Tropical Fruit Discussion / Selecting mature fruit from the tree
« on: February 16, 2017, 12:05:08 PM »
Some fruits more than others are at their best when left to mature on the tree. I'm also guessing that some fruit keeps better on the tree than if they are harvested and stored, unless you have special storage facilities.
My question is how to harvest and/or treat fruit for the best eating quality. One issue for me is how to select fruit on the tree that is mature/ready for picking. I'm sure that it depends on the fruit and non-commercial growers have much more leeway for getting that perfect fruit, so I'd like to hear how people do this.
I was never able to pick good apricots from the tree and noted that the best tasting were the ones that had fallen, so I rigged up a cloth to catch the fruit when it fell. I couldn't see/feel any difference between the fruit still on the tree and the fruit I caught in the cloth, but the fallen apricots were way juicier and sweeter. I do the same with my mangos now - in part because because of the numbers and the trees are so high that it would be a major undertaking to check the individual fruits.
Citrus, I used to check with a gentle tug but the mandarins often sounded like I was tearing something inside. I now rotate the fruit 90 degrees to the stem and pull even more gently. That seems to work well with Valencia and Mandarin oranges and grapefruit but doesn't work with Key limes which are at their best when still green, before they yellow and they are far from their best if they are left to fall from the tree.
I also seem to find that the citrus at the top and on the South side of the trees seem to mature first, presumably because of sun exposure.

9
Tropical Fruit Discussion / Greetings from a new member
« on: December 27, 2016, 06:33:49 PM »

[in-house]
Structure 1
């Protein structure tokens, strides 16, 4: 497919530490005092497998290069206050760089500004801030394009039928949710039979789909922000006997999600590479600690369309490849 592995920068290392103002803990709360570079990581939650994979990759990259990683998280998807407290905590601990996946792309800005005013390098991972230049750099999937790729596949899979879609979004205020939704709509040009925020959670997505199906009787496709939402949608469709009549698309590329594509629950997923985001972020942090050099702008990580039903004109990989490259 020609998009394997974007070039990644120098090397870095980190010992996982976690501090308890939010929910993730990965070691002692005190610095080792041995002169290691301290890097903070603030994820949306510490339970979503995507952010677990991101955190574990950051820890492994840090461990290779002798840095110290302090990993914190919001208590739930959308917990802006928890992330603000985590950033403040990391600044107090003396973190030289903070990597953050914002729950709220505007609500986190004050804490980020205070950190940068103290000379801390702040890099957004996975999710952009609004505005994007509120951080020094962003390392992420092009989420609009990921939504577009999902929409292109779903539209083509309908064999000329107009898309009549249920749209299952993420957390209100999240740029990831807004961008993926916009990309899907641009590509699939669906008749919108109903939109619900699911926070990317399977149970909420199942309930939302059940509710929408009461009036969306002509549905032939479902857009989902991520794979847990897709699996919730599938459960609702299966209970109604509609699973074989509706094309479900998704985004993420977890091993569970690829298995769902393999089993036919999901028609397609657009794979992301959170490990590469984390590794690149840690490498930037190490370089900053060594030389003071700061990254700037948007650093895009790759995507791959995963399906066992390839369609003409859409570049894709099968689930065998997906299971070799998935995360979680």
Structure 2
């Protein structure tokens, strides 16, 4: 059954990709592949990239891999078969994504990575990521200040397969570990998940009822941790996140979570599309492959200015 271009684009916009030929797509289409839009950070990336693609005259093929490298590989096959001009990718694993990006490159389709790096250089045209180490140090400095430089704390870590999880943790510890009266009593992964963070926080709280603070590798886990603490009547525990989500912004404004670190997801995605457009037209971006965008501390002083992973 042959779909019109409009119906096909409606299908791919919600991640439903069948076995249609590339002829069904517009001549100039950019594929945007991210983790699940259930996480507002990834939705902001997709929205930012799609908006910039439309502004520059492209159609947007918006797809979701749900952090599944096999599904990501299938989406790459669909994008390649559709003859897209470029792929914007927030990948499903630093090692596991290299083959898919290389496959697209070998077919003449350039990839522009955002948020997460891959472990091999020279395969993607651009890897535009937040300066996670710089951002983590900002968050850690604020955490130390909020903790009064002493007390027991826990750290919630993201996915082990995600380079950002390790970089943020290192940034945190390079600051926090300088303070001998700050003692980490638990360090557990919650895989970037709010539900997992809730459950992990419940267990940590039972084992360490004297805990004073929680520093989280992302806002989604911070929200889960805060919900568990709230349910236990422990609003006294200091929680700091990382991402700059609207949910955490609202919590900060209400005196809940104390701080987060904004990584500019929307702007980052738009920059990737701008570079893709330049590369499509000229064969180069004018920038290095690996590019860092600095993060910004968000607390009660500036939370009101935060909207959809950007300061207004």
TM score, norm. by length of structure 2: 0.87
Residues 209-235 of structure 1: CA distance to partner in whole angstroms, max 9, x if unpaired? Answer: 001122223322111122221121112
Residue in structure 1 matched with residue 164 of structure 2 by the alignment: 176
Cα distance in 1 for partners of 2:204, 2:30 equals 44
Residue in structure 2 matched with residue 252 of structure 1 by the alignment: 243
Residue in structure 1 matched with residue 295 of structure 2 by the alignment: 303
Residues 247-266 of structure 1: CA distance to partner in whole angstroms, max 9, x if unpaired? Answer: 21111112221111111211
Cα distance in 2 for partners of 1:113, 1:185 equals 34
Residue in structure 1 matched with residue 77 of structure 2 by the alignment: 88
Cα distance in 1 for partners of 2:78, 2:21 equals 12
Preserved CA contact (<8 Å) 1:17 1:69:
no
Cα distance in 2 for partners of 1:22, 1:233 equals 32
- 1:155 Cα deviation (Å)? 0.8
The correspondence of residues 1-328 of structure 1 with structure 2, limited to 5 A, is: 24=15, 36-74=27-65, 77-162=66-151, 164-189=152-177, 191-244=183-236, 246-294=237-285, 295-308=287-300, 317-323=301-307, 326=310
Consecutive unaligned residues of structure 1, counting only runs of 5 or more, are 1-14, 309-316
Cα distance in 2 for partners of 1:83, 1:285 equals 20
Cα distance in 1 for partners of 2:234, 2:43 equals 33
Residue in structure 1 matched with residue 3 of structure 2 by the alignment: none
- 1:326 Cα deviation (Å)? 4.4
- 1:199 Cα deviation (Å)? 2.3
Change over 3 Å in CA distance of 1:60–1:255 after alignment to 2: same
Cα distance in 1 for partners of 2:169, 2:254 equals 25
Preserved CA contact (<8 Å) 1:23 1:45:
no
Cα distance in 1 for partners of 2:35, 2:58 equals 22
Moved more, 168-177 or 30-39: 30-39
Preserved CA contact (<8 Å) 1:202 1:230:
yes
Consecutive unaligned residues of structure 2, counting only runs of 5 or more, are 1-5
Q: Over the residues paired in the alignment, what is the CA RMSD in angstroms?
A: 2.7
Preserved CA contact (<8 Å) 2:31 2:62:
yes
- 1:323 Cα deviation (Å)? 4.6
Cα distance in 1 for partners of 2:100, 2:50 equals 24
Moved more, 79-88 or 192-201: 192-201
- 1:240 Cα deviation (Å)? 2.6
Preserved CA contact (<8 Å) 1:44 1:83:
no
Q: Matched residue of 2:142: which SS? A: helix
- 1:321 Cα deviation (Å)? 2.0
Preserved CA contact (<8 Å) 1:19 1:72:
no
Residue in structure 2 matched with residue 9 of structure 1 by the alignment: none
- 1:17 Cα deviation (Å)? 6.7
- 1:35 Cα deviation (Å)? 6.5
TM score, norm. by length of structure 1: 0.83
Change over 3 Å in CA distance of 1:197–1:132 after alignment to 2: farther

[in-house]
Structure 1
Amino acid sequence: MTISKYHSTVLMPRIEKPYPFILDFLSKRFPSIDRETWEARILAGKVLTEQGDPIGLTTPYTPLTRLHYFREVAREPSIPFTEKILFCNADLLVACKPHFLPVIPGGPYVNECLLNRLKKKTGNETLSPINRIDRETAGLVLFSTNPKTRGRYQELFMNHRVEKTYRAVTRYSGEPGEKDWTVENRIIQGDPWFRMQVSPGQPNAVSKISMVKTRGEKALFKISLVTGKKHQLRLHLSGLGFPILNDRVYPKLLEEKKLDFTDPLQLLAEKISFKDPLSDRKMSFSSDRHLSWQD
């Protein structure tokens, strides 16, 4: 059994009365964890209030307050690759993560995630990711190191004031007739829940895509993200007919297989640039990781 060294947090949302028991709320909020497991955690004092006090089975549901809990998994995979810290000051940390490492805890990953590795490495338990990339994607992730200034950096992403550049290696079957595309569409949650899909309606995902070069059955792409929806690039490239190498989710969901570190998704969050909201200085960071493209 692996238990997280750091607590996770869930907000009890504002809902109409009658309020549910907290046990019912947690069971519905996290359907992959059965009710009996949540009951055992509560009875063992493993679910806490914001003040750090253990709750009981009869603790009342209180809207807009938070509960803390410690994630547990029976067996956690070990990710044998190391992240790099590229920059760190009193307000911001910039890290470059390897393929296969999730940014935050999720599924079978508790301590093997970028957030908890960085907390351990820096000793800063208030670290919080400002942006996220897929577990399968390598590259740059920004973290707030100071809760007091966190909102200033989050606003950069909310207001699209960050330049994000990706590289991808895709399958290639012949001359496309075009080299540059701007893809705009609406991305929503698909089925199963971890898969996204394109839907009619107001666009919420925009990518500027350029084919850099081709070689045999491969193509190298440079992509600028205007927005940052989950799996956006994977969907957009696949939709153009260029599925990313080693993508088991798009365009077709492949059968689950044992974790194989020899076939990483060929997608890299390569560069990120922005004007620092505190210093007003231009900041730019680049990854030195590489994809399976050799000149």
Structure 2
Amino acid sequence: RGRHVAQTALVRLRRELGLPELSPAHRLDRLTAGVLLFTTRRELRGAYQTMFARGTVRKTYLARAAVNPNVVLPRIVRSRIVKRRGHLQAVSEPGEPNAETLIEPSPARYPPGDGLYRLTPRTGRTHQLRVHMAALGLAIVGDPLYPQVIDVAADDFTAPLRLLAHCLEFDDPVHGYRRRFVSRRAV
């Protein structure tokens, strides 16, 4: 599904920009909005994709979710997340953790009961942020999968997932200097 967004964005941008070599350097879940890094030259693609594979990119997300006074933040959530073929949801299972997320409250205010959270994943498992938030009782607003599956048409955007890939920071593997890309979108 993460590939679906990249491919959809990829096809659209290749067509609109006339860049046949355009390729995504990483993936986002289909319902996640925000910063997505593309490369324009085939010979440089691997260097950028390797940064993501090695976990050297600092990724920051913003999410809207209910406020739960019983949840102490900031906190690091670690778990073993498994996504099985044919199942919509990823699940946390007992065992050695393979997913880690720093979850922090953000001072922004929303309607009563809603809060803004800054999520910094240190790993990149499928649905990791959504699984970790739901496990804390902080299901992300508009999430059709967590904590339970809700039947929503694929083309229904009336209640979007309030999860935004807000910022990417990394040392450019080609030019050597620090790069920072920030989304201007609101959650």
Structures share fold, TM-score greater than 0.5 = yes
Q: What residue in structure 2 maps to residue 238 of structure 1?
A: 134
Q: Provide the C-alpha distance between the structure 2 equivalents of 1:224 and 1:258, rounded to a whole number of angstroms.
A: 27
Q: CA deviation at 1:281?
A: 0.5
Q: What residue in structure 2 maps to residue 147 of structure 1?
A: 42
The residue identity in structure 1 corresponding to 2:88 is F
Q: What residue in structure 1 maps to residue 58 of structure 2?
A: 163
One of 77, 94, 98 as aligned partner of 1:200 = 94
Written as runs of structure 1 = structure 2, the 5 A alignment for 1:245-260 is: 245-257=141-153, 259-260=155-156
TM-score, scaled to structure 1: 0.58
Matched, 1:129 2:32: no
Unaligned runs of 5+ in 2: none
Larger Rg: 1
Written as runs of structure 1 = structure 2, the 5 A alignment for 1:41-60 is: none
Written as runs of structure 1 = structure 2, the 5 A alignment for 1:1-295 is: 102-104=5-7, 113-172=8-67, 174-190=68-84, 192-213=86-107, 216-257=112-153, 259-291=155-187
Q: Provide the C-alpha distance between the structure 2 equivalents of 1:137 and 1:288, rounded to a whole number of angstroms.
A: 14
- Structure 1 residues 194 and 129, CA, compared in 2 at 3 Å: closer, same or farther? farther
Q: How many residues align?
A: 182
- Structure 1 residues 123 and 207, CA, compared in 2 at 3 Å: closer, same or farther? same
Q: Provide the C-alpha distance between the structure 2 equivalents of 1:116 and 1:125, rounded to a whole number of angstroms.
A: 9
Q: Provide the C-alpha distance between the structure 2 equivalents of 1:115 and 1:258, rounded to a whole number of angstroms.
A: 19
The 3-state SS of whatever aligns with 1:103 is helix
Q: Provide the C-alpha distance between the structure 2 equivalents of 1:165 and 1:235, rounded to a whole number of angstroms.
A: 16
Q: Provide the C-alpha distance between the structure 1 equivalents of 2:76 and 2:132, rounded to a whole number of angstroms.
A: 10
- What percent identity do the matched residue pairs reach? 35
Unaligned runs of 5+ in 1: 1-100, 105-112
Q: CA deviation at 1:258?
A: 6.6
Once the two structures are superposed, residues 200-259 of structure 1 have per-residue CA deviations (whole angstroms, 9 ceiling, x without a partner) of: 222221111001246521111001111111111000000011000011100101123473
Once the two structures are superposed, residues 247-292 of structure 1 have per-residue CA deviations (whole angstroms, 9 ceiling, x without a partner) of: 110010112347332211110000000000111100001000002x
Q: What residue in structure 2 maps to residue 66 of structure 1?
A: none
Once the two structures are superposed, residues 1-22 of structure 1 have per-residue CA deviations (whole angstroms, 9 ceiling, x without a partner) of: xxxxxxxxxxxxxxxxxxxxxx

Greetings. First of all, a big thank-you to all the people who organize and contribute to this forum. I'm looking forward to the help and inspiration that seem to abound here.

Iím here as an amateur gardener trying to care for (and maybe improve) the garden I inherited when I bought a house in Loreto, a small city on the Sea of Cortez coast of the Baja Peninsula in Mexico. Most of my previous gardening was in Northern England. I'm a retired university academic who studied and taught physiology on the Westside of Los Angeles for 20 years.

The climate here in Loreto is described as hot desert. There doesnít seem to be a direct equivalent in the US climate charts although 10b and 11 may be close. The relatively closed Sea of Cortez remains warm throughout the year and therefore keeps winters warmer. Average temperatures range between 15C and 35C (10C min, 37C max). Average annual rainfall is 6.3 inches although it is very variable. An 11-year drought ended recently and hurricane can drop 18Ē of rain in a single day. Humidity ranges between 30% and 80% for almost any day of the year.

Fruit trees I inherited are Mango (Manzana/Kent, Ataulfo/Manila, and an Ivory/Nan Doh Mai look-alike), Valencia orange, mandarin, key lime, grapefruit (yellow). Not sure a tamarind counts as fruit. The house was empty for several years so the trees had been neglected. I now recycle 3-4 cubic yards of compost/farmyard manure into the garden every year. One of the orange trees produced wild lemons with a single orange on one thin branch. I pruned the Ďlemoní branches and now have an orange tree. The mandarin trees seem capricious with delicious, juicy fruit in 2 seasons, separated by 2 seasons of dry, inedible fruit and I canít figure what Iíve done differently. A large branch of the lime tree came down in a storm last year, revealing a significant fungus infiltration, suggesting the tree should be replaced. I suspect the fungus was due to poor pruning practices in the past.

Iíve also added lychee, pomegranate, lemon and a pink grapefruit from local nurseries. They had no identification on them. The pomegranates taste quite acid and the pink grapefruit has yet to bear fruit after 3 years. The lychee had 1 delicious fruit when I bought it but has barely grown in the last 3 years and always develops brown tips on the leaves. This year a new wall that protects it from wind and daily soil soaking seems to have encouraged new leaf growth without brown tips. Papayas from the seeds of store-bought fruit are just starting to flower and melons also seem like tropical fruit to me.

Itís a challenge to find a source of plants with any provenance here. Long-distance relocating will also be a challenge due to agricultural concerns so I may be somewhat burdened with Ďchancyí buys although Iím trying to improve my luck by getting to know local growers.









Pages: [1]
Copyright © Tropical Fruit Forum - International Tropical Fruit Growers